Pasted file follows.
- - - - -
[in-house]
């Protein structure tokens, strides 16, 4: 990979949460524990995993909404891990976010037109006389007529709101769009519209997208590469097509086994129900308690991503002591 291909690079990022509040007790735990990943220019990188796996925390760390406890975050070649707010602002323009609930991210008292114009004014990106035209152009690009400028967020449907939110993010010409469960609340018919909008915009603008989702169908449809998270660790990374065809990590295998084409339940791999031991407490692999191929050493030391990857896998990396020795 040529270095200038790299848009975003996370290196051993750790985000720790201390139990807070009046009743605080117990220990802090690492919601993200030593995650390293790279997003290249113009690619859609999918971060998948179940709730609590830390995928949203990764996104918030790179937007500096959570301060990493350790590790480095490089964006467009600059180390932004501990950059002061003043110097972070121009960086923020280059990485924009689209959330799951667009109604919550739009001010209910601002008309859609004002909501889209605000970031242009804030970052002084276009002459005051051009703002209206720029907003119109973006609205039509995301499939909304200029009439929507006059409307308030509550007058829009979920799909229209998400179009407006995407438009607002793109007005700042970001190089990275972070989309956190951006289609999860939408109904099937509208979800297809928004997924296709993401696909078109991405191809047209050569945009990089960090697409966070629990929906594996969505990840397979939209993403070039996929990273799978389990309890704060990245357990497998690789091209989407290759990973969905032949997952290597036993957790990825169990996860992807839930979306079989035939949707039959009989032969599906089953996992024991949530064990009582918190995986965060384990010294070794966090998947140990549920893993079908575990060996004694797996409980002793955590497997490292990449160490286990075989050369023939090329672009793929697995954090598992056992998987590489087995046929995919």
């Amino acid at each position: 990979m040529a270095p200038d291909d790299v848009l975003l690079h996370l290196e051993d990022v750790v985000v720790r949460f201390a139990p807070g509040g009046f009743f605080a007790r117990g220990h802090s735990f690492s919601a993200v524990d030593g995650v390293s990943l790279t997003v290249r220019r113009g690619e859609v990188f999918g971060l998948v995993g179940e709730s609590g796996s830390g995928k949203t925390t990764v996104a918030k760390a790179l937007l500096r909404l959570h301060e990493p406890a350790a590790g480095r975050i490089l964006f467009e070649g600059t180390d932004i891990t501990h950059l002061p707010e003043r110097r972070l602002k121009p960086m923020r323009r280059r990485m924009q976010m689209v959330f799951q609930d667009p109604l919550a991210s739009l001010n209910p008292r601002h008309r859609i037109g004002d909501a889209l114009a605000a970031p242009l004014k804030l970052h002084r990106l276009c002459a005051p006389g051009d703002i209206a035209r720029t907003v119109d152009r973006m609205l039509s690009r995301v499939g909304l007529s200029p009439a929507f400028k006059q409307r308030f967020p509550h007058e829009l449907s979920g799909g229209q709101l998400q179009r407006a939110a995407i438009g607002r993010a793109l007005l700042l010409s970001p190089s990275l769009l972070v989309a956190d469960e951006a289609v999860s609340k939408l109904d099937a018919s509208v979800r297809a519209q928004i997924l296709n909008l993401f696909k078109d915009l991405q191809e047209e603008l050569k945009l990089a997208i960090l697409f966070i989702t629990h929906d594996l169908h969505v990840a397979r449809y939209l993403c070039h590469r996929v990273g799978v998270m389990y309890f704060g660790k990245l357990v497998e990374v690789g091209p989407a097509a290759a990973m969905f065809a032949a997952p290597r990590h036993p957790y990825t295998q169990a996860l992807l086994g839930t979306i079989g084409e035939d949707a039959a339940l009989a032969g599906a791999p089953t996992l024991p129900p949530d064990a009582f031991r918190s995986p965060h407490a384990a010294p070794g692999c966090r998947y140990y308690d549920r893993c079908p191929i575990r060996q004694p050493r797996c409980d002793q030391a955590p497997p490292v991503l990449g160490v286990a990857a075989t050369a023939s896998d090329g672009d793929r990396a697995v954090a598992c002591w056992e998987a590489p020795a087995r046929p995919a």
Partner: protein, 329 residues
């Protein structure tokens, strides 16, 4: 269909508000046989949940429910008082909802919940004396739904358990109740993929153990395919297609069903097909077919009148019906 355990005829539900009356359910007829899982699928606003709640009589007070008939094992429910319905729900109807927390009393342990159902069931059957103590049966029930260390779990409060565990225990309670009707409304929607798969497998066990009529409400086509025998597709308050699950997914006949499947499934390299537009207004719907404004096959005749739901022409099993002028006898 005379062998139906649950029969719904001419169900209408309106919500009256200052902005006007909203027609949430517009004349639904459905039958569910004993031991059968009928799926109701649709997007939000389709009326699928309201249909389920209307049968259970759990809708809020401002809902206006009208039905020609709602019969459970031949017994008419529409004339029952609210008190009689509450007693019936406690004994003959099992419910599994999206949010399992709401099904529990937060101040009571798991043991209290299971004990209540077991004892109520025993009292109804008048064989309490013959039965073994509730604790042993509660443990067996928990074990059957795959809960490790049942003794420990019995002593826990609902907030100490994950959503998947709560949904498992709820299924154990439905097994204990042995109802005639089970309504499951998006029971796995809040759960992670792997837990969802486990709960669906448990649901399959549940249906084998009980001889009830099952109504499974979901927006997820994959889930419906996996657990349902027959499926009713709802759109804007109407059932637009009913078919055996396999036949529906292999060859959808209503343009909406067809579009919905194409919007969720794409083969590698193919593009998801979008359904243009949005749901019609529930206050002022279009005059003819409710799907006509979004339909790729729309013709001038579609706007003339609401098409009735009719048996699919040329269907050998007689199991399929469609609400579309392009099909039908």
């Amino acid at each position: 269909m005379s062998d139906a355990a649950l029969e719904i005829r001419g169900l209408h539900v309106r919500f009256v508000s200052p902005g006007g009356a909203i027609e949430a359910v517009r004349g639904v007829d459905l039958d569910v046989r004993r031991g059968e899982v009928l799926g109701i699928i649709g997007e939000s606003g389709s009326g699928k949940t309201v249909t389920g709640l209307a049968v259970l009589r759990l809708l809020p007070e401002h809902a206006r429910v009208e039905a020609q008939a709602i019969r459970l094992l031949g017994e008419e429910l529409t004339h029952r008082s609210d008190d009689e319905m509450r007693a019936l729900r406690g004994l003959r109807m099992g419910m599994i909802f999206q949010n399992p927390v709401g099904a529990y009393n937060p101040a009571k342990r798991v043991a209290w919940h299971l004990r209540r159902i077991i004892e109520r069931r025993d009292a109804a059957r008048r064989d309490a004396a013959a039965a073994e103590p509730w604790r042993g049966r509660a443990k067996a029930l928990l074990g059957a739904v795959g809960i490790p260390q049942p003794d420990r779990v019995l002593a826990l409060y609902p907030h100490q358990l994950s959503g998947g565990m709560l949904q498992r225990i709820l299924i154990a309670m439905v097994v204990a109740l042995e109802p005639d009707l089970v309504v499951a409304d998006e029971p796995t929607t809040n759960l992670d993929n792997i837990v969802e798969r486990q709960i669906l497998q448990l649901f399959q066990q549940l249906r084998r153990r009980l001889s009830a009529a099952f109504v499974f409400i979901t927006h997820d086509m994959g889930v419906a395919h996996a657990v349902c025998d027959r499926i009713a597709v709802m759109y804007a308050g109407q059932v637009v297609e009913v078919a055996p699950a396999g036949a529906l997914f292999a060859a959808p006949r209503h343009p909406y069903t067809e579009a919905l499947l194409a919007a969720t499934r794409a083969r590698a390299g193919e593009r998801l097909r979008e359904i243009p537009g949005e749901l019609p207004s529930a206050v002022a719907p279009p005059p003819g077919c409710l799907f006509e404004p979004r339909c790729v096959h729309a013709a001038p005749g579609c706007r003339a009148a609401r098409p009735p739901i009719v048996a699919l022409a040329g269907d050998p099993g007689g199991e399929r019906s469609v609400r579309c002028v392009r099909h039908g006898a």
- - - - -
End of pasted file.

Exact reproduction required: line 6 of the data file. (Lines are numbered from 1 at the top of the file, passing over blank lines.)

């Amino acid at each position: 269909m005379s062998d139906a355990a649950l029969e719904i005829r001419g169900l209408h539900v309106r919500f009256v508000s200052p902005g006007g009356a909203i027609e949430a359910v517009r004349g639904v007829d459905l039958d569910v046989r004993r031991g059968e899982v009928l799926g109701i699928i649709g997007e939000s606003g389709s009326g699928k949940t309201v249909t389920g709640l209307a049968v259970l009589r759990l809708l809020p007070e401002h809902a206006r429910v009208e039905a020609q008939a709602i019969r459970l094992l031949g017994e008419e429910l529409t004339h029952r008082s609210d008190d009689e319905m509450r007693a019936l729900r406690g004994l003959r109807m099992g419910m599994i909802f999206q949010n399992p927390v709401g099904a529990y009393n937060p101040a009571k342990r798991v043991a209290w919940h299971l004990r209540r159902i077991i004892e109520r069931r025993d009292a109804a059957r008048r064989d309490a004396a013959a039965a073994e103590p509730w604790r042993g049966r509660a443990k067996a029930l928990l074990g059957a739904v795959g809960i490790p260390q049942p003794d420990r779990v019995l002593a826990l409060y609902p907030h100490q358990l994950s959503g998947g565990m709560l949904q498992r225990i709820l299924i154990a309670m439905v097994v204990a109740l042995e109802p005639d009707l089970v309504v499951a409304d998006e029971p796995t929607t809040n759960l992670d993929n792997i837990v969802e798969r486990q709960i669906l497998q448990l649901f399959q066990q549940l249906r084998r153990r009980l001889s009830a009529a099952f109504v499974f409400i979901t927006h997820d086509m994959g889930v419906a395919h996996a657990v349902c025998d027959r499926i009713a597709v709802m759109y804007a308050g109407q059932v637009v297609e009913v078919a055996p699950a396999g036949a529906l997914f292999a060859a959808p006949r209503h343009p909406y069903t067809e579009a919905l499947l194409a919007a969720t499934r794409a083969r590698a390299g193919e593009r998801l097909r979008e359904i243009p537009g949005e749901l019609p207004s529930a206050v002022a719907p279009p005059p003819g077919c409710l799907f006509e404004p979004r339909c790729v096959h729309a013709a001038p005749g579609c706007r003339a009148a609401r098409p009735p739901i009719v048996a699919l022409a040329g269907d050998p099993g007689g199991e399929r019906s469609v609400r579309c002028v392009r099909h039908g006898a």